This special issue will focus on the internationalisation of emerging market firms and how they compare with other emerging markets and developed market firms.
This theme is motivated by various internationalisation theories which have emerged in the literature. Rugman et al. (2011) examined the literature on international business for a fifty year period from 1960 to 2010 and found that there have been shifts in the unit of analysis in internationalisation research, for example, neo classical economists considered country specific advantages as the drivers for internationalisation (Vernon, 1966); in the 1960s to early 80s the multinational enterprise (MNE) with firm specific advantages was the primary unit of analysis (e.g. Hymer, 1976; Buckley and Casson, 1976; Teece, 1986; Dunning, 1988); in latter part of the period, subsidiaries of the MNE have been the unit of analysis.
Though several determinants came into existence of MNEs, some studies focused on how internationalisation happens for a firm. Researchers found that internationalisation took place in a series of incremental steps; firms gradually increased the level of investment in a country as they gained more knowledge and experience and the time frame for the investment decisions was related to the psychic distance between the nations which was, in turn, related to the differences in culture, education, development and business practices (Johanson and Vahlne, 1977). Specifically, Dunning (1988) proposed that determinants of a firm’s decision to undertake foreign production could be explained by the Ownership advantages, Location specific advantages and desire to Internalise production (OLI framework). Buckley and Casson (2009) suggested that firms would choose to internalise activities from research and development to marketing of products mainly in knowledge intensive industries where information asymmetries were high, for instance, in low patent protection countries or for non patentable products; by setting up their own production facilities rather than licensing know how.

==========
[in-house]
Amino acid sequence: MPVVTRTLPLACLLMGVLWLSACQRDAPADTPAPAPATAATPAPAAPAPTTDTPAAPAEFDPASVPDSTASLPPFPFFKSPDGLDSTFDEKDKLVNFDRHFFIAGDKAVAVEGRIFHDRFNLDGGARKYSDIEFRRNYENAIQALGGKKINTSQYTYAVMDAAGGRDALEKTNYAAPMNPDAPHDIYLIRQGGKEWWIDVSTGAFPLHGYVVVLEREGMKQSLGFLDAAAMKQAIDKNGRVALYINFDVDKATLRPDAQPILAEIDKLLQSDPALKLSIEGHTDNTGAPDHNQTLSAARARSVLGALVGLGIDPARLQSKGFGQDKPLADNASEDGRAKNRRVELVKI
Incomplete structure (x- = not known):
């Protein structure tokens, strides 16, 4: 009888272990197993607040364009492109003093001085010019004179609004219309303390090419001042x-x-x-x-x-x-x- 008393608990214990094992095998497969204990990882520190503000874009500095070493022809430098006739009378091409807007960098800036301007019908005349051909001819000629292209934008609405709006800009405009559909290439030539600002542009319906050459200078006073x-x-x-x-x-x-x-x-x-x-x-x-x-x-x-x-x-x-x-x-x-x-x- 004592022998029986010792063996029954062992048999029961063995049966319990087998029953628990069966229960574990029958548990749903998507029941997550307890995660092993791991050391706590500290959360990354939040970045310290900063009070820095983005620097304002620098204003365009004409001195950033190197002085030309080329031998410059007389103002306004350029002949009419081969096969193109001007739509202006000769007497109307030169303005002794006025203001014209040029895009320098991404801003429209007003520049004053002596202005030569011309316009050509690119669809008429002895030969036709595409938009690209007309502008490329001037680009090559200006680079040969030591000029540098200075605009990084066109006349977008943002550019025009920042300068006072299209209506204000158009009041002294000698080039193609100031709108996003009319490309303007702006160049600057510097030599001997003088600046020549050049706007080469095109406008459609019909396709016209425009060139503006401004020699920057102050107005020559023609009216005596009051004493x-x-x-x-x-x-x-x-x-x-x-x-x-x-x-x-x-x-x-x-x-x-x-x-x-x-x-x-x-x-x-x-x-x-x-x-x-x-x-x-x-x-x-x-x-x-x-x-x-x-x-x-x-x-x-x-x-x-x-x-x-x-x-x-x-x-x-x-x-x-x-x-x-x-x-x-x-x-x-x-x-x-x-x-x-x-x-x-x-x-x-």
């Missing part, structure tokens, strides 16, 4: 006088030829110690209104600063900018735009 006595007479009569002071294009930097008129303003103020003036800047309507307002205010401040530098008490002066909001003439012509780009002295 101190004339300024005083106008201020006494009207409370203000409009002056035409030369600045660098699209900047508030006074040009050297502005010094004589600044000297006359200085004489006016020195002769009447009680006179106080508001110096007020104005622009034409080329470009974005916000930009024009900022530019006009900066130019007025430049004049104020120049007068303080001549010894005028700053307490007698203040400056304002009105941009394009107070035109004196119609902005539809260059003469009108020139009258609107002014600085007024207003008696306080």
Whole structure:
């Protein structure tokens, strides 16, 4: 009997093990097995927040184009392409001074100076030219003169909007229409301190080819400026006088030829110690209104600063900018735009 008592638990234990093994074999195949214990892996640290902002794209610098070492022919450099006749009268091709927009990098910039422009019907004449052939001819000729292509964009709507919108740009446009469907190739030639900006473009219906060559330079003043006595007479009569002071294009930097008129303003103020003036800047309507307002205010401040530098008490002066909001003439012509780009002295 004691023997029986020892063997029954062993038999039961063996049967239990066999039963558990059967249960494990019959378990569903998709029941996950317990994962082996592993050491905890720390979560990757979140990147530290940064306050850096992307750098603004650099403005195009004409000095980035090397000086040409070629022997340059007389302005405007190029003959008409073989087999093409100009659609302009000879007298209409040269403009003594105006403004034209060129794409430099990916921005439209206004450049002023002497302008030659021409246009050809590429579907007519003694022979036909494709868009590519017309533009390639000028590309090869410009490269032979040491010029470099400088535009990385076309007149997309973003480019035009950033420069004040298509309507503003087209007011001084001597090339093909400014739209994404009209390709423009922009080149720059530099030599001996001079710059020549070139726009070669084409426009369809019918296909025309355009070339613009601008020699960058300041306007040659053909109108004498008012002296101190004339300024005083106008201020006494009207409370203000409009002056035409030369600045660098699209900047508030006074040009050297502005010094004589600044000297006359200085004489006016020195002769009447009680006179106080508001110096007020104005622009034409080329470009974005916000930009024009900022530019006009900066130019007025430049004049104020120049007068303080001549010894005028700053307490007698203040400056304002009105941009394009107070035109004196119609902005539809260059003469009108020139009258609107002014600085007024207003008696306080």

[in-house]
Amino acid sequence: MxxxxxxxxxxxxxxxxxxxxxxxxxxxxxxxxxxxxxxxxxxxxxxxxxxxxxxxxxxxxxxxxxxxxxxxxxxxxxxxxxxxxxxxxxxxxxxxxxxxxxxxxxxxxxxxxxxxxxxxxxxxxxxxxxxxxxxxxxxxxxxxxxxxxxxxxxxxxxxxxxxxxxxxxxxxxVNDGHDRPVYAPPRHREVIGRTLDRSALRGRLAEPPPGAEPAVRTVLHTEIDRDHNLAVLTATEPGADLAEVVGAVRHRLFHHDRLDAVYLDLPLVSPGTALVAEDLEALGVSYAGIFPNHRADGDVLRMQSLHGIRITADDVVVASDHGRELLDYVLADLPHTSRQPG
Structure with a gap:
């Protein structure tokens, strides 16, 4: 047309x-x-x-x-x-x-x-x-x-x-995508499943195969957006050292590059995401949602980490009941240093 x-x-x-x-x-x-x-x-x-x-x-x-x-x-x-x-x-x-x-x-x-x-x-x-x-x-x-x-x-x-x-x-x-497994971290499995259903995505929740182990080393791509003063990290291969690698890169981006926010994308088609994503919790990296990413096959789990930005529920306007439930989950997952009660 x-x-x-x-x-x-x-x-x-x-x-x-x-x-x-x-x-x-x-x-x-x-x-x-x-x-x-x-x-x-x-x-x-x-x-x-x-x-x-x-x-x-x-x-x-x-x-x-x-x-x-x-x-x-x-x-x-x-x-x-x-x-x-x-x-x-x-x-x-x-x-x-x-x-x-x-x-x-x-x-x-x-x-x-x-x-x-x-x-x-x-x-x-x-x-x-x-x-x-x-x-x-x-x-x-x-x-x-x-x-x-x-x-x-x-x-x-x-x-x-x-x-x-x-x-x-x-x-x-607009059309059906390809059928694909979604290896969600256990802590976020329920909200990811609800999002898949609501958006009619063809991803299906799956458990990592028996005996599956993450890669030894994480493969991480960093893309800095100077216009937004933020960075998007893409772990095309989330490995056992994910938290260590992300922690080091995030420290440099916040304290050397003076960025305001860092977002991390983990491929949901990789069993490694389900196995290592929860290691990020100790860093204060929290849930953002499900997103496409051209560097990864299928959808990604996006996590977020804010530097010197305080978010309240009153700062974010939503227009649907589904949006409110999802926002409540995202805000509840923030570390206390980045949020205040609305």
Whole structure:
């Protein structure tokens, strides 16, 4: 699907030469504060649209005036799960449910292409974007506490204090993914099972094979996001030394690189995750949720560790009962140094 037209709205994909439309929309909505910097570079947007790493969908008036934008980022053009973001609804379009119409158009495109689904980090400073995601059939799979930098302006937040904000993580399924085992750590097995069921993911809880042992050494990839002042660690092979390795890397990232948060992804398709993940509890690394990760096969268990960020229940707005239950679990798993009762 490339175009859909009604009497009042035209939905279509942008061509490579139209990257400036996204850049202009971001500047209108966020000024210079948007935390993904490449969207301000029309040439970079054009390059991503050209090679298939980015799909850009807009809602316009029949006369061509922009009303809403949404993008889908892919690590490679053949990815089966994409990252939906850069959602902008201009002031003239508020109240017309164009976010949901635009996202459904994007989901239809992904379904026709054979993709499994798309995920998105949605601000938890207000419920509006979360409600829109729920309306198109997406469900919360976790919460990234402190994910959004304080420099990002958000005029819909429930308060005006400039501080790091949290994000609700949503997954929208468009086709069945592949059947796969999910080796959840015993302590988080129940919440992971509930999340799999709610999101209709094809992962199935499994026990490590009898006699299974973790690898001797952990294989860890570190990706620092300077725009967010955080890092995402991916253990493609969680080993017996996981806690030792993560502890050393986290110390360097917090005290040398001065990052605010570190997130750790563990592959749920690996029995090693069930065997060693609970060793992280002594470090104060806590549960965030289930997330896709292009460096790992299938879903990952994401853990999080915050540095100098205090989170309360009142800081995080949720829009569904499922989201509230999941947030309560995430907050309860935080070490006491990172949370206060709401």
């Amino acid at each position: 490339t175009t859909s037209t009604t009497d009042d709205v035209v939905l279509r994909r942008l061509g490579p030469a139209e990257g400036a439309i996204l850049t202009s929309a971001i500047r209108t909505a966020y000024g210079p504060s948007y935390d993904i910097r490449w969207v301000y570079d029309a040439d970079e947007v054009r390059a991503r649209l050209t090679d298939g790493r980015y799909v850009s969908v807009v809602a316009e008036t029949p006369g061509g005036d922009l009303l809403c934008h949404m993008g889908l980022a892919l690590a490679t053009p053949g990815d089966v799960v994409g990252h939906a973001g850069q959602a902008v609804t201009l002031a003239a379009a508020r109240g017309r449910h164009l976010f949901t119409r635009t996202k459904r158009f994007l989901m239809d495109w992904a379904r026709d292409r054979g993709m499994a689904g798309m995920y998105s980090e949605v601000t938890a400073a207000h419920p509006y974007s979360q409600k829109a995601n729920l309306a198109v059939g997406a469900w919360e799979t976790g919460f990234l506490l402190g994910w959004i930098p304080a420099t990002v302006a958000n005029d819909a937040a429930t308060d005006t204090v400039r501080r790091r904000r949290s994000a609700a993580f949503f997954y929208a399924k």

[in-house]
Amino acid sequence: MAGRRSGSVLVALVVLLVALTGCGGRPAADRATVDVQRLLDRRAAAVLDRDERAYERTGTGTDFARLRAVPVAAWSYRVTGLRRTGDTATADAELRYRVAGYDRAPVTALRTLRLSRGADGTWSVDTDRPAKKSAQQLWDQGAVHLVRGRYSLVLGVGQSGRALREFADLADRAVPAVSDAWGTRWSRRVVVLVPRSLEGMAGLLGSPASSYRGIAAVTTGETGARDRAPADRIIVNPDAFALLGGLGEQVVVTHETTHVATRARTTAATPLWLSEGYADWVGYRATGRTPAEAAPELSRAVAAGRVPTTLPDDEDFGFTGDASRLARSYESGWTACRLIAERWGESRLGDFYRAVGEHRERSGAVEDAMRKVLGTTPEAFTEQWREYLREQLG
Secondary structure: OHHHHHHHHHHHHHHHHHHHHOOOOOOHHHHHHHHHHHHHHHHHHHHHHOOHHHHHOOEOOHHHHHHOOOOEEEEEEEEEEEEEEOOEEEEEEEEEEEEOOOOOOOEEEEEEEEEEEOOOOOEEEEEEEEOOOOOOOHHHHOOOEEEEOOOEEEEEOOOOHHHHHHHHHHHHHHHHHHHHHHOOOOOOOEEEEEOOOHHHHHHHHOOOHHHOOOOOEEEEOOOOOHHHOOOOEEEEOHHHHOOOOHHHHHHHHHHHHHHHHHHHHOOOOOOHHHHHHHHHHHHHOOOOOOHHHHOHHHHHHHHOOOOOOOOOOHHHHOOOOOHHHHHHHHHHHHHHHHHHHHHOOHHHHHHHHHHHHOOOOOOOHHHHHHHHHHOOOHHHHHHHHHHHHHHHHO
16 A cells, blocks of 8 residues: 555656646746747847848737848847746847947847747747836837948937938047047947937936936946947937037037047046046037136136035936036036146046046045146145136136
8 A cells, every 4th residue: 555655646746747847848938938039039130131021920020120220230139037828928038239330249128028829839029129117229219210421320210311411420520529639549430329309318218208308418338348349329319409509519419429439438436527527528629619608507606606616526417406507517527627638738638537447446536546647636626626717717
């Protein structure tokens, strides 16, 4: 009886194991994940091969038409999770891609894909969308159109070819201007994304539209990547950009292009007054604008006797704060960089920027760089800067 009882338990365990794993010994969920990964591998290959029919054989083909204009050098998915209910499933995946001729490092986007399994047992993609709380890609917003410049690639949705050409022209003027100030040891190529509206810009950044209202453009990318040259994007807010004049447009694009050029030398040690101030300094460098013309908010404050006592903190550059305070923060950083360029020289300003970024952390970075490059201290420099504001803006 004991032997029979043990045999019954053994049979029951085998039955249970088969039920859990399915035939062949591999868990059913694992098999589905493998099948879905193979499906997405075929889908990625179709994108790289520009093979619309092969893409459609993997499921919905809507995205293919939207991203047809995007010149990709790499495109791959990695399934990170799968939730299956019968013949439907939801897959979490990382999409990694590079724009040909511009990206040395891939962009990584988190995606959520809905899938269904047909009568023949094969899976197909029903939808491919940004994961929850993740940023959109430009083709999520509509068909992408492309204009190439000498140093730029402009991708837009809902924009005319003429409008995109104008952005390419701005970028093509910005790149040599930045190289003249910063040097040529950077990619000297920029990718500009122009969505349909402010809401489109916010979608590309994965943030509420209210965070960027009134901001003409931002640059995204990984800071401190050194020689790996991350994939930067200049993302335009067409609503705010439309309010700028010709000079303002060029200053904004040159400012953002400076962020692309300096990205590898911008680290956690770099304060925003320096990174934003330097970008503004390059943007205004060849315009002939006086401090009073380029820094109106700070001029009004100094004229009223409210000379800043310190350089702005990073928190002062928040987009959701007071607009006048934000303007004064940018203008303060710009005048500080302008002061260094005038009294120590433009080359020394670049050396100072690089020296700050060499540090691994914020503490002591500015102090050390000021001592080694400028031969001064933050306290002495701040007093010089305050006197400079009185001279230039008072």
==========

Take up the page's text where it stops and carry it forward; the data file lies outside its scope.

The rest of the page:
Firms choosing to internationalise via foreign direct investments could do so by setting up a joint venture, greenfield venture or alternatively acquiring an existing venture in the host country. Researchers suggested that the entry mode choices are a result of an analysis of transaction cost economics (Hennart and Park, 1993); are influenced by cultural differences between the investing and host nation (Kogut and Singh, 1988) or through a simultaneous examination of transaction cost economics, and the cultural and institutional aspects (e.g. Brouthers and Brouthers, 2000; Peng et al., 2008). On the other hand, Forssbæck and Oxelheim (2008) suggested financial characteristics of firms should be added to the OLI framework in which firms with stronger financial characteristics could achieve ownership advantages which impacted their propensity to undertake foreign direct investments.